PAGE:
If you own an embroidery machine, you may have a feature called “Design Applique” (Husqvarna Viking), “Applique Creator” (Pfaff) or “Applique” (Brother). This feature allows you to create an original applique, or in my case, a patch that can be used anywhere. I was asked to make some patches for my nephew’s wife who is currently making pre-school music teaching videos to support her music teaching business that has had to go from in-person classes to online learning. She is teaching the concepts of loud (forte) and soft (piano) and needed some patches to put on her hand puppets.
The only difference between an applique and a patch is how you use it. An applique stays on a base fabric as an embellishment and a patch is stitched out on stabilizer and then torn away from the stabilizer to be attached to a back pack, garment, towel or anything you want. Each machine has a little different method of creating the applique, but they all do the same thing in the end. The patches I made were made on the Brother Luminaire.
First, I had to look for some clip art of the symbols for forte (f) and piano (p). Once I found what I was looking for, I scanned the images into my machine so it could convert the clip art into embroidery language (in this case, PES). (On the Pfaff and Husqvarna Viking, this step would need to be done using the add-on software that is purchased separately from the machine.)
Once the images were scanned, I chose my material and added fusible stabilizer to the back to give it body and strength once the patch was complete. In this case, you do not want fabric to have a soft “hand”, so I chose a bottom weight cotton fabric and a heavy weight fusible cut away stabilizer.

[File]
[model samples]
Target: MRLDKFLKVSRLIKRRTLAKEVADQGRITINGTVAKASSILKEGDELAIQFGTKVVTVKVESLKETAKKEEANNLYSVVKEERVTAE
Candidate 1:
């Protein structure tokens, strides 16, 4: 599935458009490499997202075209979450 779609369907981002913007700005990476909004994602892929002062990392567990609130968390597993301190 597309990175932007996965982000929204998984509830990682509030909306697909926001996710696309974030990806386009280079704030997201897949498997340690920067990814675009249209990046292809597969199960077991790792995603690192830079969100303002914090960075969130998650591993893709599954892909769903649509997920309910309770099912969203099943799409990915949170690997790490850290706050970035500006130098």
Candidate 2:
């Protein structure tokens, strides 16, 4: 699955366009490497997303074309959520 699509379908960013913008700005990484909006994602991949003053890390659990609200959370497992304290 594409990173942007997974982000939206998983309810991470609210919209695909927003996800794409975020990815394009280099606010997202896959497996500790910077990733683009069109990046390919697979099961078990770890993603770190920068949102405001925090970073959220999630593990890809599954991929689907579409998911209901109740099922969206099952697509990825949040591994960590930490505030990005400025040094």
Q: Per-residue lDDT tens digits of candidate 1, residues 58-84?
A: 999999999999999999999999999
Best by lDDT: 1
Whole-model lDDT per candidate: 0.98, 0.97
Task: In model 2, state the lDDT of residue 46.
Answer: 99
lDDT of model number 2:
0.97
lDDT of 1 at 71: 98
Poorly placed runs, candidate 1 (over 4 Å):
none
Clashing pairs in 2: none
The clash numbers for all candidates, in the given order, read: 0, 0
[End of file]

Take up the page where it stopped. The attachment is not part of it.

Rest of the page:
Once the stabilizer was fused to the back of the fabric, I put some tear away stabilizer in my hoop and was ready to start.
I created my patches by following the directions in my manual and changing the stitch out order to first stitch a placement line where I placed the top fabric and then a tack down line to secure the fabric. Next came the actual embroidery for the center of the patch.
Once the embroidery was done, I put a piece of felt on the back of my hoop, covering the placement line I had stitched out previously. I ran another tack down stitch to attach the felt to the back of the patch and then removed the hoop from the machine so I could cut away the fabric on both sides of the hoop, close to the tack down stitching.
Once the fabric was trimmed, I placed the embroidery hoop back on the machine and finished the patch with the satin stitching around the perimeter of the patch, catching both the front and back of the patch in the stitching.
The satin stitching on the outer edge tended to tear the stabilizer, so I did have to float a separate piece of tear away stabilizer under the back of the hoop, but it was very easy to remove.
The patches are now on their way to being YouTube stars on the front of their new puppet friends. Happy Sewing!